After sitting through what seem to be never-ending budget sessions of the Jefferson County Commission, it appears that the departments and "component units" of the county who have managed their money well are being hit the hardest in the budget crisis.
While no final decisions have been made on where the county plans to come up with the $3 million shortfall heading into fiscal year 2015, straw votes and voiced opinions have the five commissioners taking large percentages from areas of fire and EMS services, parks and all nonprofits who had once received donations from the county.
On the EMS and fire side, public safety and response times to those needing medical and fire service could be at risk. The fact that the fire companies are financially sound as volunteer companies seems to be a bad thing to county officials. The finance director for the county informed commissioners that the volunteer companies are more fiscally sound according to their collective tax records than the county. We say, good for them! They have worked to raise funds and have saved said funds for the potential purchase of new equipment and other needs.
These groups have no paid positions. They stand in the street on "boot drives" and work countless hours of bingo to help raise funds needed to provide consistent service to the county. They stir apple butter and flip pancakes and scrimp and save to be fiscally sound and yet, the implication is that they should somehow be faulted for that.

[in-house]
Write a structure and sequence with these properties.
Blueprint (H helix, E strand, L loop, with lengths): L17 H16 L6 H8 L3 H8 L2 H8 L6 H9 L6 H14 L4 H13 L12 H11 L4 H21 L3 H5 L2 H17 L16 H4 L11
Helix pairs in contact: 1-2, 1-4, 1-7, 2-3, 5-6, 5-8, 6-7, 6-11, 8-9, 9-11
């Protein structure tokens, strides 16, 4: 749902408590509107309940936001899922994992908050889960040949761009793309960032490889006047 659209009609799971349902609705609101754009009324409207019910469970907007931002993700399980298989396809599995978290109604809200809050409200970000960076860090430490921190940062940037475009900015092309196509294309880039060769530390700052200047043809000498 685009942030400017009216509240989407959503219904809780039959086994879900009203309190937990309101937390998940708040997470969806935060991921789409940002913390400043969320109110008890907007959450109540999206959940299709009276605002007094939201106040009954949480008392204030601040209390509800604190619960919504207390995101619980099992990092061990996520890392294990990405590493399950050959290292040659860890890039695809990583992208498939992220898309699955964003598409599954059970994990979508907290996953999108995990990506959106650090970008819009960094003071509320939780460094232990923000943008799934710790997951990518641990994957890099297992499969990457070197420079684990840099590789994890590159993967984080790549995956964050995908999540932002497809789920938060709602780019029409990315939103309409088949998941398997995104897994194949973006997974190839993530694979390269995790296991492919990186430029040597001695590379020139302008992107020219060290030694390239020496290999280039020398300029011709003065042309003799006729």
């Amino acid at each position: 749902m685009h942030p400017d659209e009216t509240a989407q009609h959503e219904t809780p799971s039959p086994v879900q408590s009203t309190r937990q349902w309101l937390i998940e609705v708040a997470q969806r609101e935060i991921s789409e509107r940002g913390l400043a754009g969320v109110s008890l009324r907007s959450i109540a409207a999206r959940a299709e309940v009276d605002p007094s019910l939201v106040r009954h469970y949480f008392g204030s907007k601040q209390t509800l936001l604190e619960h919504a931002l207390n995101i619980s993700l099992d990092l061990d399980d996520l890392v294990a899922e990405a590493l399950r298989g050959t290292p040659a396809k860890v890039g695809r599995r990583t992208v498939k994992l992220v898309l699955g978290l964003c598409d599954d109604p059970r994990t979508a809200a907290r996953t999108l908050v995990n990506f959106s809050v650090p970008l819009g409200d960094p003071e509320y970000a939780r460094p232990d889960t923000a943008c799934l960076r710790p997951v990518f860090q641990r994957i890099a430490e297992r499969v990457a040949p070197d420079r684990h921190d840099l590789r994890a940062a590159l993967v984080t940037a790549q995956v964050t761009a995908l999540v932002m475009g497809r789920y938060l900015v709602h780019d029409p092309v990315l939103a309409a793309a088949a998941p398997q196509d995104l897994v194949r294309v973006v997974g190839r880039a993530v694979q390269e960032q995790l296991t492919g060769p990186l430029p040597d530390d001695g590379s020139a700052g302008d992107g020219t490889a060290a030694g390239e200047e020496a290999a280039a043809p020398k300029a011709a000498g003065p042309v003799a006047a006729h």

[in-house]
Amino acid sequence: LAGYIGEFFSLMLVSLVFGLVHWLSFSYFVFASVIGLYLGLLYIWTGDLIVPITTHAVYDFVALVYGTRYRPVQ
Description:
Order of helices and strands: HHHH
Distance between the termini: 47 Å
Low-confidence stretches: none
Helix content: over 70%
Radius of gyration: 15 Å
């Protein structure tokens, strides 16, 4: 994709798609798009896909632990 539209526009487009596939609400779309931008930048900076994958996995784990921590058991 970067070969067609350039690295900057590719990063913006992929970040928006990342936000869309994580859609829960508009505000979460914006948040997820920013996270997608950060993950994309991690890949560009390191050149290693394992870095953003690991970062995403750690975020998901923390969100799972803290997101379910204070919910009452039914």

The JCESA leadership echoed that sentiment just a bit by saying that the volunteer companies do not share revenue from ambulance runs submitted to insurance companies. Agreed, there needs to be some share done if the paid EMS staff is on the ambulance call. However, Commission President Walt Pellish's call for a 50-50 split is too high. A more bearable split would be 60-40 or even less. The county has set the salary of those paid providers, not the volunteer companies. The volunteers run their ambulance, with their supplies, fuel, etc. to calls. The insurance billing helps cover those costs.
Rather than taking from those who work hard to bring in funding, the county needs to look a little more closely at waste within the government itself, including any overstaffing in various departments and at salaries that are often way too high.